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Hi from Sunny California
Old 05-13-2014, 04:00 PM   #1
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Hi from Sunny California

Great site! I am 44, married with 2 kids (5/7). My wife just gave notice and will be RE by the end of this month. I am an accountant, so I do a lot of planning, saving, modeling. I have always managed my own investments and enjoy doing so. I track all of our spending in Quicken and also maintain a spreadsheet with my goals in life (personal and financial), net worth trends, and a financial forecast until I am 100. Ok, maybe I am an accountant with FIRE OCD.

I came from big family (including foster kids) and my dad worked his butt off trying to make ends meet. Seeing my dad work real hard and then having a heart attack at an early age, did a number on me. I told myself that I would go to college and not get married until I was financially secure. I would work hard, save my money, take care of my health and make time for fun. I started working when I was 13, joined the military, finished college, worked for a big CPA firm and then joined a tech company, where I have been for the last 16 years. I workout nearly every morning, see my doctor every year, take a couple vacations each year with the fam and love being a dad.

I have used some of the tools and book recommendations from this site over the last year. I created a Get a life- retirement tree with over 50 items on my to do list. Some are in process and some need to wait for RE. I have run retirement calcs through: Financial Engines, FIRE Calc and Flexible Retirement Planner. I have also had professionals at Schwab, Wells and Vanguard run retirement analyses with consistent results. I am not afraid of getting bored, but I am concerned about: 1) not having enough time in retirement to do all the things on my list, and 2) outliving my assets.

The pendulum of life has been swinging harder towards ER. I have been working 50-60 hrs per week, which includes working every Sunday morning. With work taking so much time, I am missing out on some of the best years with my kids (they think I am king right now), wife, family, friends and hobbies. My parents are getting up there in age and I look forward to spending more time with them before it is too late. Several friends have passed in recent years, which has clarified for me, that I would much rather spend my limited time on this planet enjoying my family/friends and hobbies that make me smile. My plan at 30 was to retire by 55. I have been working hard to reduce that over time and 3 years ago, I made the plan to retire in 2015 at the age of 45. This past year, I have set my RE date for May 2015.

NW ~$7.5M

401ks/Roth IRAs- 10%
529s- 2%
Taxable accts- 64%
Real Estate- 20%
Other- 4%

Investments (mostly Vanguard): Cash 13%, Bonds 25%, Stocks 45%, Other 17%

The high cash position is due to rebalancing and is being put back to work. I look forward to learning more from this site and helping me maintain my focus on FIRE.
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Old 05-13-2014, 05:17 PM   #2
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Hello from another Californian.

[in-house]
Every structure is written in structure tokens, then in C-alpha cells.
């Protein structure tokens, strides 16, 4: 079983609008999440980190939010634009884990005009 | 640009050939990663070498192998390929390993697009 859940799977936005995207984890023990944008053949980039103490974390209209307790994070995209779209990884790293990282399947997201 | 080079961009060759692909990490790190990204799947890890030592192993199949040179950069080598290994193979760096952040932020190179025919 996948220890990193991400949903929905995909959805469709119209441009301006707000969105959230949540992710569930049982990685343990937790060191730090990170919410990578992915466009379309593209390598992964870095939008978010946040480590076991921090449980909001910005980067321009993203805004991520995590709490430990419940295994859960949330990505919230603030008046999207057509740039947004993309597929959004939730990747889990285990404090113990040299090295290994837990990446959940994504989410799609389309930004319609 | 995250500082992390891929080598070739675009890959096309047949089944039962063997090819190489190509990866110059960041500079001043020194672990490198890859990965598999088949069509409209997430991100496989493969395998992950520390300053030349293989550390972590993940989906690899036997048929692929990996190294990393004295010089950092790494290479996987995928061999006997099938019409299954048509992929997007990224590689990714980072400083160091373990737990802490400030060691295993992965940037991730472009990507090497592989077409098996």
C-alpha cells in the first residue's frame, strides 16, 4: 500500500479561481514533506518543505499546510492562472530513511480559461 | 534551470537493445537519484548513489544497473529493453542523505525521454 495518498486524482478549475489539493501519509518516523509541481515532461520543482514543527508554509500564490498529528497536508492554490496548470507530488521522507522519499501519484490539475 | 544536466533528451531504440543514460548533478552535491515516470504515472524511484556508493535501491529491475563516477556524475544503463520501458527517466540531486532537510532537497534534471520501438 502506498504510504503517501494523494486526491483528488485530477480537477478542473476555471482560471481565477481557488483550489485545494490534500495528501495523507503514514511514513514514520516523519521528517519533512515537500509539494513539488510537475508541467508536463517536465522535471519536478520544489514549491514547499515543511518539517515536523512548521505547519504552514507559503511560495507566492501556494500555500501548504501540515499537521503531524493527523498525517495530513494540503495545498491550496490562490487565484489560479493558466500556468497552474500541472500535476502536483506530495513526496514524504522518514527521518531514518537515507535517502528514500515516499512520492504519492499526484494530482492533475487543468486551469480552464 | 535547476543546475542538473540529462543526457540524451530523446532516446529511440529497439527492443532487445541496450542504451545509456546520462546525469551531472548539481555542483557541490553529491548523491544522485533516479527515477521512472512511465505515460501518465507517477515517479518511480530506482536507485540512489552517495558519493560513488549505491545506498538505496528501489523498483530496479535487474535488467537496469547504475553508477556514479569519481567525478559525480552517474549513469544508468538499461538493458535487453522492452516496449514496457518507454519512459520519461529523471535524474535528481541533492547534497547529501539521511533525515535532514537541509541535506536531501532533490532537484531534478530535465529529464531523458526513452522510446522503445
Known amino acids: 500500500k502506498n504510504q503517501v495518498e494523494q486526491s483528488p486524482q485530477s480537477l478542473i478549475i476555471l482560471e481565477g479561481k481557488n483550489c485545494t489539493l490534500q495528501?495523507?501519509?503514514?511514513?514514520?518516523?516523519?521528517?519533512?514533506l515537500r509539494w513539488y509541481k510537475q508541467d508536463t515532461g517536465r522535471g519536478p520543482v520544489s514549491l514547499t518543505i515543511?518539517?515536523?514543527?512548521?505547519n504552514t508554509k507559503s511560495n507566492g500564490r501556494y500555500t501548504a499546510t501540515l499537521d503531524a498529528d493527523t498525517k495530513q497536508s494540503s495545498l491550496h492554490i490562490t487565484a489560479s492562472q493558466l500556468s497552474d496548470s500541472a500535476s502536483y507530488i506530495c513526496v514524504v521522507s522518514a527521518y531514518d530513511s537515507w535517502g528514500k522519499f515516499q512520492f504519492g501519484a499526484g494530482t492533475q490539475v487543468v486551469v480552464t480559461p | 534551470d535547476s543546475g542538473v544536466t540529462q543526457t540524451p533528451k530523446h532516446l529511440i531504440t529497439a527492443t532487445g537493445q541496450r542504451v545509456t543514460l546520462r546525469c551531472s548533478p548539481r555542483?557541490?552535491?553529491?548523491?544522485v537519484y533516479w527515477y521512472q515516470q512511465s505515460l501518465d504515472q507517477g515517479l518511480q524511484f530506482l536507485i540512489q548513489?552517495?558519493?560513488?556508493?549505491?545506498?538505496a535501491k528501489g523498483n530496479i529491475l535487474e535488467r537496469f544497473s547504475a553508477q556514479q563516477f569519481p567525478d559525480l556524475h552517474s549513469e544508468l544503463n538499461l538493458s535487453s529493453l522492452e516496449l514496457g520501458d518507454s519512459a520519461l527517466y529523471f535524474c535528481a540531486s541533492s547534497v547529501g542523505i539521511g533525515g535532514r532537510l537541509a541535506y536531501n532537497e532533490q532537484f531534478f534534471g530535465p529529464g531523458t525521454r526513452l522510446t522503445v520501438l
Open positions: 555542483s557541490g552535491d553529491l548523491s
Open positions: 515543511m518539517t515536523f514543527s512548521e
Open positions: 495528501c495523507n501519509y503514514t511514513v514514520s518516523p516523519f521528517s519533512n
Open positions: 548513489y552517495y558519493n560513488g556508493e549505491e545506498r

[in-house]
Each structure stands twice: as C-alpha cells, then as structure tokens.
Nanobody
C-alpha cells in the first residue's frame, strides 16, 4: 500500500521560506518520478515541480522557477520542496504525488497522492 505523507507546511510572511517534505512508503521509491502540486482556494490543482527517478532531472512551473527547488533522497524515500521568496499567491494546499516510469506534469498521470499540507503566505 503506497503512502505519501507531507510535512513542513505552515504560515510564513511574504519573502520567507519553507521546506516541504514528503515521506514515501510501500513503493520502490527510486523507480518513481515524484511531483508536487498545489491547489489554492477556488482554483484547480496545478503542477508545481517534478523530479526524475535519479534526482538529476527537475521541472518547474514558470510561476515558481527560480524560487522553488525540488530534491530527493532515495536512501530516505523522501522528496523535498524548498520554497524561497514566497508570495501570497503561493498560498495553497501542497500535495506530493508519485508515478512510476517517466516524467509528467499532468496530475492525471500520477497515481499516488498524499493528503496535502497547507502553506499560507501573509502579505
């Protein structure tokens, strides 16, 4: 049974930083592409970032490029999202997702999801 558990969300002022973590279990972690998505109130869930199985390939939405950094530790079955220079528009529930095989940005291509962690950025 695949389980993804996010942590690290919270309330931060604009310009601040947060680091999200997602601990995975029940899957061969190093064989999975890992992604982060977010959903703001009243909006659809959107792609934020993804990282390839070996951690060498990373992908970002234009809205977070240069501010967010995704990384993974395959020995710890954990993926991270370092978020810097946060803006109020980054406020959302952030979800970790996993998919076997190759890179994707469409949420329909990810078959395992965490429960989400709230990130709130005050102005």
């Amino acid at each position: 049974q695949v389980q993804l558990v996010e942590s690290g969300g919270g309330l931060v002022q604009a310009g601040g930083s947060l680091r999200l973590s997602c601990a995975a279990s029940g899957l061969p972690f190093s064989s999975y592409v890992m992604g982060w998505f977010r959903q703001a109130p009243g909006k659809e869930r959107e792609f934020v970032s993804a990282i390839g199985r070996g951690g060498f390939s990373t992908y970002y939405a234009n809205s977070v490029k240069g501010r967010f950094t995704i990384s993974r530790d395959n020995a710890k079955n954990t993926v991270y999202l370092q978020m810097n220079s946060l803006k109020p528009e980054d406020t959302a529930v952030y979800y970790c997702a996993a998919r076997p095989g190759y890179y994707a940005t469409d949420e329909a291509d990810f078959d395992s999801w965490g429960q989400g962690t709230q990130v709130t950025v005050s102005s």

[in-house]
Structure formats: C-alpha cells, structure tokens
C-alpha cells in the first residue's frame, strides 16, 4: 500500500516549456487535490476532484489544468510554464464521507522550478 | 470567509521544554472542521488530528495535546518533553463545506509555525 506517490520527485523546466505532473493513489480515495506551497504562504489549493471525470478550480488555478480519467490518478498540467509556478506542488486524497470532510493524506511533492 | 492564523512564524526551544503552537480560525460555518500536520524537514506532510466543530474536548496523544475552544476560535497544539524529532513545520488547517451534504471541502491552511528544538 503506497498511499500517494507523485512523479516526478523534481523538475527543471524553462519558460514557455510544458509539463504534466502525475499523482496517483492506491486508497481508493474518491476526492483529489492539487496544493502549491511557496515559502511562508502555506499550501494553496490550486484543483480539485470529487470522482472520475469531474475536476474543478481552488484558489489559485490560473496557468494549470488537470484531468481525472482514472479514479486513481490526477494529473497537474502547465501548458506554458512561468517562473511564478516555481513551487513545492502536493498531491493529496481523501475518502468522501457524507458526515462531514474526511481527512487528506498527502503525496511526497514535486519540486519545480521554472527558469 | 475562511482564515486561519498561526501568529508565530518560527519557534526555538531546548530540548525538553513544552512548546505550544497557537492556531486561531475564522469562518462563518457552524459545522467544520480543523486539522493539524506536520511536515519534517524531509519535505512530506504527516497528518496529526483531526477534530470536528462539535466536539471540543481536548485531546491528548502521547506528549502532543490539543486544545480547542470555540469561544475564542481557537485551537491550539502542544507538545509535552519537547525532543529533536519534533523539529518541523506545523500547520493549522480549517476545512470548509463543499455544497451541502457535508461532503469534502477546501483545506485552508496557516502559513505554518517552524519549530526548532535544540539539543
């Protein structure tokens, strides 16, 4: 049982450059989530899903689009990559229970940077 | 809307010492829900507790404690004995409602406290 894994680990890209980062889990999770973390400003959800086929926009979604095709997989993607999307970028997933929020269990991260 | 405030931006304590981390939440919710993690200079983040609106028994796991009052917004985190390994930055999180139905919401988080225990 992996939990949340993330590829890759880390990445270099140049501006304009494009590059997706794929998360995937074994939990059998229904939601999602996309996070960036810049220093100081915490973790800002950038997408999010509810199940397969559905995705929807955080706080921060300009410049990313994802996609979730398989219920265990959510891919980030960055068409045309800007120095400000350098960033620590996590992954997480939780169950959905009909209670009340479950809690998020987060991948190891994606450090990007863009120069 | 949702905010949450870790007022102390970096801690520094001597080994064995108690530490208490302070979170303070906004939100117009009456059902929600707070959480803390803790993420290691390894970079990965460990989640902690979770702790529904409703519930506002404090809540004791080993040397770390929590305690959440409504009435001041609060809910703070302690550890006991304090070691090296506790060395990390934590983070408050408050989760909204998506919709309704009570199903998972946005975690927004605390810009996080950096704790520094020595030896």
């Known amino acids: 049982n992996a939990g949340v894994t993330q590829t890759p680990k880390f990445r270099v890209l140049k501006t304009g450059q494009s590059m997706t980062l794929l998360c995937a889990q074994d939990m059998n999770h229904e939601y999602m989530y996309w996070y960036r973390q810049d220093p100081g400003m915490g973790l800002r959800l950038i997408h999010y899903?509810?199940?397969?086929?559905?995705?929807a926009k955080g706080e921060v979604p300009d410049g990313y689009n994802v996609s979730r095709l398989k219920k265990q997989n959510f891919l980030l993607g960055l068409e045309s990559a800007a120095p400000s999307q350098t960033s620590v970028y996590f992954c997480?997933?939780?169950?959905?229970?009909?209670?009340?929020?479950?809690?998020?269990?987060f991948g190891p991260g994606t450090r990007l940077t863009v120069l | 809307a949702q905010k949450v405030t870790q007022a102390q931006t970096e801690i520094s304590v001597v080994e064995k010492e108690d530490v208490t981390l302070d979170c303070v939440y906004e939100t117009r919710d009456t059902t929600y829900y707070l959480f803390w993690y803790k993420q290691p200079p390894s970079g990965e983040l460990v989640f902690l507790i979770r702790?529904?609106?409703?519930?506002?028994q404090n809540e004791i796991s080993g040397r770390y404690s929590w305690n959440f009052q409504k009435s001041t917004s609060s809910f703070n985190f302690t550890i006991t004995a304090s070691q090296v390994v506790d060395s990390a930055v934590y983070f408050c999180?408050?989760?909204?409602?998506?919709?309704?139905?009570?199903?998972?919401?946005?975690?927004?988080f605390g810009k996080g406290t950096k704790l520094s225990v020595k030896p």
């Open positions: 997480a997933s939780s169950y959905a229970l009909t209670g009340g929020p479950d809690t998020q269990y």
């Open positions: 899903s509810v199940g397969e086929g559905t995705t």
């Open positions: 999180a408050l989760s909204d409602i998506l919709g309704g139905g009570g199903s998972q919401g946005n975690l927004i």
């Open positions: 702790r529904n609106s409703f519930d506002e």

Very impressive net worth.

You don't mention what your expenses are - obviously that's a big factor in whether you have enough. But, assuming your networth is from savings (vs a windfall like an inheritance) you've clearly mastered the art of living below your means.
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Old 05-13-2014, 06:48 PM   #3
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Thanks Rodi- no lotteries/inheritance for me. I have been fortunate in my career, and the company I work for has done very well the last 16 years. I'm expecting to spend ~$150-180k per year. The kids are in private school, but we have no debt... I hate debt. I paid our house off a few years ago as part of my plan to enter retirement without a mortgage. I would have done better with that money in stocks, but I sleep very well. I have 2 rental/vacation condos that have mortgages. One is just above break-even, the other is cash-flow pos around $25-30k/yr. A lot of our spend is discretionary, which will allow us to vary our budget when the market catches a cold.
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Old 05-13-2014, 07:28 PM   #4
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Some of us are a lot more like our dads than we think we are. Your dad was probably working really hard because he thought he had to (he was probably right). And you are also working very hard (also probably working smarter than your dad) and you feel like you have to. With your net worth you don't have to. If I was you I would put effort into figuring out how to live a good life with what you have now rather than working 50 to 60 hour weeks to amass more $$$. To put it another way.......You have already won the game. All you have to do is figure out how to best utilize your winnings.
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Old 05-13-2014, 07:36 PM   #5
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Welcome and well done on the wealth accumulation and your healthy workouts. And a 13% cash position is not too high.
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Old 05-15-2014, 11:20 AM   #6
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With your NW totals it seems you are very able to retire in 2015. The big factor is to control your spending, as your current levels are pretty high ($150-180K/yr). Do you live in a high COL area, besides the fact all of CA seems to be pretty high? Moving to lower COL may be a consideration to save some spending and ensure your money lasts as long as you.

Keep up the good health habits and you will live longer and have less medical problems. I agree with the suggestion to try and work less now and enjoy that extra time with your kids. They will be grown up and out of the house before you realize. You can't get time back once it has passed.
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Old 05-15-2014, 12:03 PM   #7
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Welcome to the forum Rdub. Sounds like you will fit right in. And congrats on the great job building your net worth. You are in a great position to do whatever you want with the rest of your life. Enjoy!
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Old 05-15-2014, 12:17 PM   #8
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Welcome to the forum Rdub. Sounds like you will fit right in. And congrats on the great job building your net worth. You are in a great position to do whatever you want with the rest of your life. Enjoy!